Legendary soul singer PERCY SLEDGE – always know for his ground-breaking hit ‘When A Man Loves A Woman’ – died today, Tuesday 14th April. He was aged 74. His management company confirmed that Percy died at his Baton Rouge home. No reasons for his sad passing were given but it was common knowledge that the singer had had surgery for liver cancer last year.
Percy Sledge was born in Leighton, Alabama in 1941 and on leaving school he worked in the cotton fields before finding a job as a nurse in a local hospital. He always had ambitions to sing and formed a vocal group called The Esquires Combo but a local DJ, Quin Ivy, was so impressed by Percy’s vocal range that he suggested he go solo. Ivy was equally impressed by a song that he’d written – ‘When A Man Loves A Woman’ and in 1966 he had Percy record it down in Muscle Shoals. When it started to sell, Ivy licensed it to Atlantic who oversaw its rise to no 1 on both the pop and R&B charts. It was the first #1 to be recorded at Muscle Shoals. In a BBC interview Percy explained how he got the special vocal sound that dominated the record: “When I came into the studio, I was shaking like a leaf. I was scared. It was the same melody that I sang when I was out in the fields. I just wailed out in the woods and let the echo come back to me”.
In 1966 Percy Sledge enjoyed two more hits – ‘Warm And Tender Love’ and ‘It Tears Me Up’ and in ’68 he charted again with ‘Take Time To Know Her’. Subsequently the hits dried up but he continued to record and his output was revered by collectors of raw, Southern soul.
In 1974 his ‘I’ll Be Your Everything’ was a minor hit for Capricorn records but after that he dropped from the sales radars. He did though continue to tour and record and in the 80s he enjoyed a renaissance (and a surprise hit) when ‘When A Man Loves A Woman’ was featured in a jeans commercial. The song was also a staple of various film soundtracks.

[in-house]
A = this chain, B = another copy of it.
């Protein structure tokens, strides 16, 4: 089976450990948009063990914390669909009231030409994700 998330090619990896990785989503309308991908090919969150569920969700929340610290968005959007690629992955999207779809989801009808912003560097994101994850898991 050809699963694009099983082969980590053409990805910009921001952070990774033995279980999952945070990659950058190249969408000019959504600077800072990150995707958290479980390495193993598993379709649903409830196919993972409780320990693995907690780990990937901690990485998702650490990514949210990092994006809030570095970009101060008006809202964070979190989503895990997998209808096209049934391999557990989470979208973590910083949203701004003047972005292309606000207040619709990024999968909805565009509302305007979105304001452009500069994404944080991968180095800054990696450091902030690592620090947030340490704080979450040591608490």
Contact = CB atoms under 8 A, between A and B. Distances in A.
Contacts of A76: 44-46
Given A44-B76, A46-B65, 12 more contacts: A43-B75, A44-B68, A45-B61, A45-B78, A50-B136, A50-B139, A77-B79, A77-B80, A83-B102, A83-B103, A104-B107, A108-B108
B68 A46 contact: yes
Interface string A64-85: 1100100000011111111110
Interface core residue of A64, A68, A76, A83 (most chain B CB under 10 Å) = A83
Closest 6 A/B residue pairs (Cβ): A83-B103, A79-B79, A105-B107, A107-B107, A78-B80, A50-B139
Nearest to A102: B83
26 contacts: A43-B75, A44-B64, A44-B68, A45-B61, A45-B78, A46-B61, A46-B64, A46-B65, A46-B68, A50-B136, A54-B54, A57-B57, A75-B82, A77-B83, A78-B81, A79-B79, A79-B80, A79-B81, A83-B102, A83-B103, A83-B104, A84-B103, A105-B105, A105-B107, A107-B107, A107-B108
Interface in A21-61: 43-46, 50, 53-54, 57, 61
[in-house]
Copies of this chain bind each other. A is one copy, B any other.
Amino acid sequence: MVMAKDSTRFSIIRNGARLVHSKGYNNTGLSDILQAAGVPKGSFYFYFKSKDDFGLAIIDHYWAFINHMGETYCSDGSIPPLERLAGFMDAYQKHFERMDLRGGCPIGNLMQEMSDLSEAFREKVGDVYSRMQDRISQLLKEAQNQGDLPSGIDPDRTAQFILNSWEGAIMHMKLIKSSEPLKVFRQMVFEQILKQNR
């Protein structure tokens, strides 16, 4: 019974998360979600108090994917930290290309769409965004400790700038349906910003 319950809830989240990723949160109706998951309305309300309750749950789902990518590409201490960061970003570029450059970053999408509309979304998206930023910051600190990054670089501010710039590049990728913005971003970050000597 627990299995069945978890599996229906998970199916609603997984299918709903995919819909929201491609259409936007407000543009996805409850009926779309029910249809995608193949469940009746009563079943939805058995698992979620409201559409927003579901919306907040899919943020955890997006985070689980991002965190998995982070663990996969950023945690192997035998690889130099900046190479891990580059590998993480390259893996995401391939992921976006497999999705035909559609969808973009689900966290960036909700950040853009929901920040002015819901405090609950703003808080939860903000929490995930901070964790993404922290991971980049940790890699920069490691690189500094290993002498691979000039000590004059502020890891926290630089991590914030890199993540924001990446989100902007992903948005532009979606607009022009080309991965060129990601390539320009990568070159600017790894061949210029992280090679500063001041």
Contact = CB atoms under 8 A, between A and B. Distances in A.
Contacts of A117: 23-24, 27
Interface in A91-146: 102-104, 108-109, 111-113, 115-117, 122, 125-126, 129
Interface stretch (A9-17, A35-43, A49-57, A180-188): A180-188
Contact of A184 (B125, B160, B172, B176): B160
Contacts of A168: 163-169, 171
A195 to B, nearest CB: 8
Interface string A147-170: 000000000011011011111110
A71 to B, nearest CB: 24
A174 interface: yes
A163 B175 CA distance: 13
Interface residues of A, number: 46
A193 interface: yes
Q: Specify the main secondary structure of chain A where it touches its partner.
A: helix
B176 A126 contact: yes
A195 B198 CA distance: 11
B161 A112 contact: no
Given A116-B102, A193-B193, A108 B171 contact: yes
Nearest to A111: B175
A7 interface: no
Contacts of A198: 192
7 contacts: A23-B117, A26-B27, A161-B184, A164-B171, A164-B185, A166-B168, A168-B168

In 1989 Sledge won the Rhythm & Blues Foundation’s Career award and he toured regularly even after his 2014 surgery. Percy regularly toured the UK – often as part of David Gest’s soul revues – and those who saw him will attest that despite having sung THAT song thousands of times he always brought a freshness, delight and passion to it.
Sadly, back in 1966 Percy had signed away all his rights to his signature song to writers Calvin Lewis and Andrew Wright: “I didn’t know any better. I had the melody in my mind so I gave that song to them. I felt like if God fixed it in my mouth to give it to them I won’t change anything about it. I’m satisfied with what I wrote but I cut my kids out of so much because I gave it to someone else – I just wasn’t thinking.” Whatever, Atlantic’s Jerry Wexler called the song and Sledge’s performance, “a transcendent moment ….a holy love hymn.”
Today Bootsy Collins tweeted: “Just lost another legend funkateers, Mr Percy Sledge.”
Percy Sedge is survived by his wife and children.